We've gotten questions today from you, our concerned customers, following an article about Saudi Arabian Airlines joining SkyTeam (the global airline alliance that includes Delta as a member). After listening to many of your thoughts today, we'd like to take this opportunity to share some information and help to clarify some of the questions we know you have.
First and foremost, I think one of the most important things to mention here is that Delta does not discriminate nor do we condone discrimination against anyone in regards to age, race, nationality, religion, or gender.
That said, some have raised questions about whether Saudi Arabian Airlines' membership in SkyTeam means Delta is adopting any type of policies that could present barriers to travel for some passengers, including Jewish customers. For this particular concern, it's important to realize that visa requirements to enter any country are dictated by that nation's government, not the airlines, and they apply to anyone entering the country regardless of whether it's by plane, bus or train.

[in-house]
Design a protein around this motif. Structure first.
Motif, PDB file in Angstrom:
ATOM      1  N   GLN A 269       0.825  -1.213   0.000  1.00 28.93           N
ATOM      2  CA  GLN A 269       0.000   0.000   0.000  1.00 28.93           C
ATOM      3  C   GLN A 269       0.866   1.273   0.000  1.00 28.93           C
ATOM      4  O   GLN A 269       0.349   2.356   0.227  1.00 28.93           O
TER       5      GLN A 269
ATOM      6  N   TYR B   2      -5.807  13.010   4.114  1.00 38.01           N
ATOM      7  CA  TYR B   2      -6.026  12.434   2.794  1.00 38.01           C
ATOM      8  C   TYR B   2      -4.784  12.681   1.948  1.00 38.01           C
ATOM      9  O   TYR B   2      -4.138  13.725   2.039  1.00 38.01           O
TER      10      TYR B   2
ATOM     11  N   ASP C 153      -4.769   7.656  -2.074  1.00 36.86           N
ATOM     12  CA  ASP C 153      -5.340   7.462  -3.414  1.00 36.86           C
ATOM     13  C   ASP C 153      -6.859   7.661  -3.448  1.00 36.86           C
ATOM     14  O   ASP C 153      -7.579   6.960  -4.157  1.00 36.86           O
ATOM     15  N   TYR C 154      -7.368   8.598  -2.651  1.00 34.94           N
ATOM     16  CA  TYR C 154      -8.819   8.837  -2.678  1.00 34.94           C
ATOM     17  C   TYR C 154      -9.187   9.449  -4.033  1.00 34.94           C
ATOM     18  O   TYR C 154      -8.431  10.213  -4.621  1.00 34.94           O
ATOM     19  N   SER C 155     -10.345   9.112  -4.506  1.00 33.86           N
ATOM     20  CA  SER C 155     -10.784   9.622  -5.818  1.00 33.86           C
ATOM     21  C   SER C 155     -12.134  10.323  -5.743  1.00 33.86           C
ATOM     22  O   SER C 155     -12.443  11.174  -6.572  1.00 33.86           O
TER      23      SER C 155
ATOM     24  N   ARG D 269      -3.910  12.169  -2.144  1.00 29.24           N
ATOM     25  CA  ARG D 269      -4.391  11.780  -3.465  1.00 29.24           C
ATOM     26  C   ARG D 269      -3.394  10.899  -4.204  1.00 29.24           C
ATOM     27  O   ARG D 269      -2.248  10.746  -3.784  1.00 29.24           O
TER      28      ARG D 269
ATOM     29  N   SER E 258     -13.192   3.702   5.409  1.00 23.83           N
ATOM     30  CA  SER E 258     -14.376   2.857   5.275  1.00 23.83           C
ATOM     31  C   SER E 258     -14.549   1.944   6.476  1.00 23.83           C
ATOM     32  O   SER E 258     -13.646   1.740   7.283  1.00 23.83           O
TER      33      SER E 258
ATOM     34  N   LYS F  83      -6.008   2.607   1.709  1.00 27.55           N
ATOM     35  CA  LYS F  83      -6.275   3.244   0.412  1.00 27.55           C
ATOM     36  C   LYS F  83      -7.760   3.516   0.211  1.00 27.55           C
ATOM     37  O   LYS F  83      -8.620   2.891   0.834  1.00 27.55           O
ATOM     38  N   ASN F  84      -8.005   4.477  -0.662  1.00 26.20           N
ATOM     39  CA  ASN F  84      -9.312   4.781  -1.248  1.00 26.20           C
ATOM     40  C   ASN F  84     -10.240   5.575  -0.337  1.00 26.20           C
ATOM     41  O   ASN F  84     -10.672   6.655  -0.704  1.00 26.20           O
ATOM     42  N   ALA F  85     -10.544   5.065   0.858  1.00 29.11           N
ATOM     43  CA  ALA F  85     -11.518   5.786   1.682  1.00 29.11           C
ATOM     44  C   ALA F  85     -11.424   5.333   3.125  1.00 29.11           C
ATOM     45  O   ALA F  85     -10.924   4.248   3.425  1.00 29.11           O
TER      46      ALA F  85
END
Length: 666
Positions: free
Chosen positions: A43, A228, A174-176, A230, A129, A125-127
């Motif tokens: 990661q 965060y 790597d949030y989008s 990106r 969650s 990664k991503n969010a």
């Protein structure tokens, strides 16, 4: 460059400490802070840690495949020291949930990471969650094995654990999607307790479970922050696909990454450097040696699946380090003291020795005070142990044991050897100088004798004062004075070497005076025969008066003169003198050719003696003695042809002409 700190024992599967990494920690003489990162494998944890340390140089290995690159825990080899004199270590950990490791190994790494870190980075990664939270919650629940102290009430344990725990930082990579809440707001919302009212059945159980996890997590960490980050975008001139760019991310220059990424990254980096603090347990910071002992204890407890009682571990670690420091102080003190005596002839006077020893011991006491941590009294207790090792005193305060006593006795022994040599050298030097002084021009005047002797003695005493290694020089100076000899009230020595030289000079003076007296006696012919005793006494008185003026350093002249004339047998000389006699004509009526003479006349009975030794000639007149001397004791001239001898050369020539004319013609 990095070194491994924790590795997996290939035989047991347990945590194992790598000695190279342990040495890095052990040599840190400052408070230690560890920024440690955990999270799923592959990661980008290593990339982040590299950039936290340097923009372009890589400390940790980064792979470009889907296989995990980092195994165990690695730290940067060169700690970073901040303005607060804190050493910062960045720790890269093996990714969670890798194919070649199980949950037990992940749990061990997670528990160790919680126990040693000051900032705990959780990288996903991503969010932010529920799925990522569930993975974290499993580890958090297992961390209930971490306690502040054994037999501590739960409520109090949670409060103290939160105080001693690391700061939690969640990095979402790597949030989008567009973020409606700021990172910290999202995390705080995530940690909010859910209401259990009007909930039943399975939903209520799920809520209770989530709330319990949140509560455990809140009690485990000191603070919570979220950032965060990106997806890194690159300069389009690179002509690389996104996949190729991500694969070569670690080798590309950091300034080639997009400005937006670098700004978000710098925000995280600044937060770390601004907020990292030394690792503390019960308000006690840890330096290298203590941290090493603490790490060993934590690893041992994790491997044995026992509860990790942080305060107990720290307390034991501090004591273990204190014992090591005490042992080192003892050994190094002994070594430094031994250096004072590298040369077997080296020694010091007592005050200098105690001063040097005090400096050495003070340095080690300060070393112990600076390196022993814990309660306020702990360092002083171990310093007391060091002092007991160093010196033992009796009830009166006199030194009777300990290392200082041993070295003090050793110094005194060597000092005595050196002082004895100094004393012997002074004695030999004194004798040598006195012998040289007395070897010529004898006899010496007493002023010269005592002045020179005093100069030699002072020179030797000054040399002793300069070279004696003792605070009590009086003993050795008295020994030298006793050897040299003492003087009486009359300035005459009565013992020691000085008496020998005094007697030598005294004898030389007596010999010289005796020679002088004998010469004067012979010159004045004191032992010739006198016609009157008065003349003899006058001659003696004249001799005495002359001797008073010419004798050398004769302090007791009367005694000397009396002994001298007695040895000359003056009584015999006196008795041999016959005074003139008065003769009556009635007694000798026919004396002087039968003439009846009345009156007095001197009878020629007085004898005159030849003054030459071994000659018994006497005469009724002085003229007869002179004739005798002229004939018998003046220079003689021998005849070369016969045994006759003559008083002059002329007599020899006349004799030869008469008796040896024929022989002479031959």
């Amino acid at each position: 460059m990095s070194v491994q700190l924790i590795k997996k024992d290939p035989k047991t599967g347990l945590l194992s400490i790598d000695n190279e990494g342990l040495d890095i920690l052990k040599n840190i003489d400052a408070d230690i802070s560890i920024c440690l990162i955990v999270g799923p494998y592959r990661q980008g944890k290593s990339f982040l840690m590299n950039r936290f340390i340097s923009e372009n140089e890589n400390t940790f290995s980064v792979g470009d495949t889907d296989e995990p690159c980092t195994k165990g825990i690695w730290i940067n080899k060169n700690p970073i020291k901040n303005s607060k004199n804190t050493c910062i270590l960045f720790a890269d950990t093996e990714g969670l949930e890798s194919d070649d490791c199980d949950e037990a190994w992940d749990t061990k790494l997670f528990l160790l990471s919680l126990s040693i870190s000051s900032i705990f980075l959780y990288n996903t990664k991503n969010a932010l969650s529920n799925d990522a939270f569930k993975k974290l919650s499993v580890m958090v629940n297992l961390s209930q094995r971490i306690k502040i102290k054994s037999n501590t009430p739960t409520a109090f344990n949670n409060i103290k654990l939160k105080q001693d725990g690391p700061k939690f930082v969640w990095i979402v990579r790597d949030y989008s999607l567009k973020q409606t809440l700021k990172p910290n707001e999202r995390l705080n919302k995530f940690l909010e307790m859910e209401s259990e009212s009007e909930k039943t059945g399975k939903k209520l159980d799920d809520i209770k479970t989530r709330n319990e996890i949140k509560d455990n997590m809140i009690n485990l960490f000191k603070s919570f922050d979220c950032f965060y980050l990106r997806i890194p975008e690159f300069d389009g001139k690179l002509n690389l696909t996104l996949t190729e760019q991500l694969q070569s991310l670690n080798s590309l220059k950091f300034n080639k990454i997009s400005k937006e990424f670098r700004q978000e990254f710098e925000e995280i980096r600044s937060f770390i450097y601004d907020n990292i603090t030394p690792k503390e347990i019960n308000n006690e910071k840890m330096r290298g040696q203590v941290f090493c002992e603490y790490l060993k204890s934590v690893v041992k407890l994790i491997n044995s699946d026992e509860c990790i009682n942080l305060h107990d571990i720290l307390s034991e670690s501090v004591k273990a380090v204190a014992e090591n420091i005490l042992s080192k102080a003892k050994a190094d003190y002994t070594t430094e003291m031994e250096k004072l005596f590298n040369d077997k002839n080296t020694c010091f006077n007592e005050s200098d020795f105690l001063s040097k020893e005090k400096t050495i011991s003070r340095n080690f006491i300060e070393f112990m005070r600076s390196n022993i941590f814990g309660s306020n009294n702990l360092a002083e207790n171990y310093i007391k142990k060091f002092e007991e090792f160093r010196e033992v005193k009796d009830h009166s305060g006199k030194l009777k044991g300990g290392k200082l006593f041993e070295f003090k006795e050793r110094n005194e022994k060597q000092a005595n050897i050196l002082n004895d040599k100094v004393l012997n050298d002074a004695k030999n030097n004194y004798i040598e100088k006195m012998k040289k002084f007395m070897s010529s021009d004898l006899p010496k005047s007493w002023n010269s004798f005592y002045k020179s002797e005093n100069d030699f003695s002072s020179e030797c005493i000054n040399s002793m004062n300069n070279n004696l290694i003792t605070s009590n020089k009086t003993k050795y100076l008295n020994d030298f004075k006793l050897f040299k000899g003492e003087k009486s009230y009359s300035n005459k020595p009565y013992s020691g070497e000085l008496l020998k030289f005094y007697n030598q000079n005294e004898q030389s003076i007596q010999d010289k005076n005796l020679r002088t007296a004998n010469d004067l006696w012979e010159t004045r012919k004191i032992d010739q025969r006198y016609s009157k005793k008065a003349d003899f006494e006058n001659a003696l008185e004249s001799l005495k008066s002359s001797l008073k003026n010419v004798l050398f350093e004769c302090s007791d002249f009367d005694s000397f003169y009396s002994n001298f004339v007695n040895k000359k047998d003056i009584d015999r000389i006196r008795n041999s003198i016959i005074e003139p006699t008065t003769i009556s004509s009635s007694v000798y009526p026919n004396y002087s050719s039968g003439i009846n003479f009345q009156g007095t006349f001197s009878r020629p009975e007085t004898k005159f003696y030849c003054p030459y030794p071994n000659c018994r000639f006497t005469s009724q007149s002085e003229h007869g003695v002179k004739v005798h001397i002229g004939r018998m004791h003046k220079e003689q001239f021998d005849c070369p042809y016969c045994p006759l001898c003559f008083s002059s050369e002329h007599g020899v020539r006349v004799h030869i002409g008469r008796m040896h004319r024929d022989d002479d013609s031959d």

We, like all international airlines, are required to comply with all applicable laws governing entry into every country we serve. You as passengers are responsible for obtaining the necessary travel documents, such as visas and certification of required vaccinations, and we're responsible for making sure that you have the proper documentation before you board.
In other words, countries that do not allow Jews, Israelis, or people that have an Israeli stamp in their passport are setting the rules and we're just playing by those rules.
Another note here: We're condemning Delta, but what about all the other members of SkyTeam? Delta seems to be the only participating American company, are we giving the others a free pass? Do we expect more from American companies? Of course the answer is yes. We expect them to do what's right, not just follow orders.
Delta adopts Saudi 'no-Jew' fly policy - World Net Daily